During the winter months, when horticulture staff are busy covering plants in advance of a hard freeze, a visitor might stop and ask, “How badly is it going to frost tonight?” Another might inquire about the frost hardiness of a particular plant that we are covering. I hear far more references to the term frost than I do freeze. But which is correct? It may be a cultural or regional choice to use one word or the other, but growing up on a working farm in Virginia, I learned at an early age that frost and freeze have very different meanings.
When we cover sensitive plants here at the Arboretum, we are attempting to protect them from a range of temperatures at or below 32 degrees F., the freezing point of water. Most of our plants are hardy to temperatures in the upper 20s for a short period of time (a couple of hours or so). However, when freezing temperatures are predicted to slip into the lower 20s or upper teens, we find ourselves going full throttle to cover and protect a greater number of plants.
Frost is different. It’s what I scrape off my windshield. Frost is usually not harmful to most of the plants here at the Arboretum, though there are a few exceptions. For frost to form, two things have to happen. First, the dew point must be reached. This is the temperature at which the air is saturated with moisture and water vapor condenses, forming the dew that we see on plants and other objects. Second, the surface where the moisture condenses must be 32 degrees or below. Ironically, because of radiational cooling (see sidebar), frost can actually form when the surrounding air is above 32 degrees. Except in instances of cold temperatures following winter rain, we do not see much frost here at the Arboretum.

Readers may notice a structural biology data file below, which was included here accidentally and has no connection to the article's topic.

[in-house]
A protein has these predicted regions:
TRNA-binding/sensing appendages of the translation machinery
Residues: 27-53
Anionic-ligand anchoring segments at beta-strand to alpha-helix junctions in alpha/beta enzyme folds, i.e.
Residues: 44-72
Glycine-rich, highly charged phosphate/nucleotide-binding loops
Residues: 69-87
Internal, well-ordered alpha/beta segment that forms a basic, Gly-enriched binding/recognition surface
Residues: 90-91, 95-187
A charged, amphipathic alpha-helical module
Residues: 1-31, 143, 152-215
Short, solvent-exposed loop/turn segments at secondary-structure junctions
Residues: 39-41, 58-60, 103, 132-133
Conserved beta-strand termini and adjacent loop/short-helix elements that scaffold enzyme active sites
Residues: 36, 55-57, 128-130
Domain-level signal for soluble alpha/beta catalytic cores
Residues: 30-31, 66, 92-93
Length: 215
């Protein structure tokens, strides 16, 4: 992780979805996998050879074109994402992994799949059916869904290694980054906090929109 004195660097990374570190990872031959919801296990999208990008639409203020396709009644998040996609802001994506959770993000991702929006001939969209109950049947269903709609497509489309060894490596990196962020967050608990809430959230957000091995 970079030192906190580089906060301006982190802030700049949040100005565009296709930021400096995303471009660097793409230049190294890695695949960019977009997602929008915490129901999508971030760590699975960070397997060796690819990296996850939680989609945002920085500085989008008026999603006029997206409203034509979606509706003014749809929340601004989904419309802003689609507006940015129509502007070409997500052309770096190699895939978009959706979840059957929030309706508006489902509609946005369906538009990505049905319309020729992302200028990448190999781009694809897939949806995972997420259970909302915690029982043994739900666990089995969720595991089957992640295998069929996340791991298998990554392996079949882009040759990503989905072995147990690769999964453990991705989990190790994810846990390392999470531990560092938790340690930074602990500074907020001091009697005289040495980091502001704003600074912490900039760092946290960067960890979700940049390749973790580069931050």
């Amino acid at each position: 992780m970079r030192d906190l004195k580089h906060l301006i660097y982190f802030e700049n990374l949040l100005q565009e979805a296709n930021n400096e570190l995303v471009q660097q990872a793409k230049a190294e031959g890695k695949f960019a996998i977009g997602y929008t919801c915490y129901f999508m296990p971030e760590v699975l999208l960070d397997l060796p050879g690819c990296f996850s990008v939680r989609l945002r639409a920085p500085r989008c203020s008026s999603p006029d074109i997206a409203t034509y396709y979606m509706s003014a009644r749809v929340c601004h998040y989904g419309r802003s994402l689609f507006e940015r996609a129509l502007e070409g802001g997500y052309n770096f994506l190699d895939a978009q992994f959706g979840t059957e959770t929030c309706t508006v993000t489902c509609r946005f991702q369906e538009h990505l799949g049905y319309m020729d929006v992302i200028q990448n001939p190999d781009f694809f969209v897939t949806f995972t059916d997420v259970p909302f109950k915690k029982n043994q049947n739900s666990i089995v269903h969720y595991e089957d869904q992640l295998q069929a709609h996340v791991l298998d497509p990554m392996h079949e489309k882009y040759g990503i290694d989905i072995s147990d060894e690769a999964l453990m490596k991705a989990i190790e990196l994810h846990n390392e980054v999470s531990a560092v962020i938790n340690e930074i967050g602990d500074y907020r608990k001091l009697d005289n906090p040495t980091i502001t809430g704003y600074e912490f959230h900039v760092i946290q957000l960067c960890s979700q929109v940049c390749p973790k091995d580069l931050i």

A dramatic sounding term like killing frost is probably a carry-over from home gardens or farms in areas of higher humidity, where frost is associated with the freezing temperatures that signal the end of the growing season for warm weather crops. Even Arboretum horticulture staff commonly interchange the words incorrectly. We will often discuss past frost events, apply frost blankets to protect sensitive plants, and write up a frost report that describes the extent of damaged plants. But in all of these cases, freeze is really the word that we should be using.
Severely cold events, especially those that combine freezing temperatures over a long period of time, are very costly to the Arboretum. This is particularly true with many of our collections of succulent plants, such as our South African succulents and Aloe collection, which is why these plants may be covered for a few days or so in duration. It is unfortunate that we have had three separate occasions of hard freezes within the past six years. From both a professional and personal perspective, it is very emotional, agonizing, and extremely frustrating to deal with these situations. But, it has become part of what can be expected in most years between December and early March.
Whether you call it frost or freeze, the physical damage to gardens from severe freezing temperatures is extremely difficult to remedy. Arboretum staff and volunteers miraculously pull together to protect and preserve everything here to the best of our ability. Mother Nature seems, at times, to seek out and destroy, but she will not win the battle every time.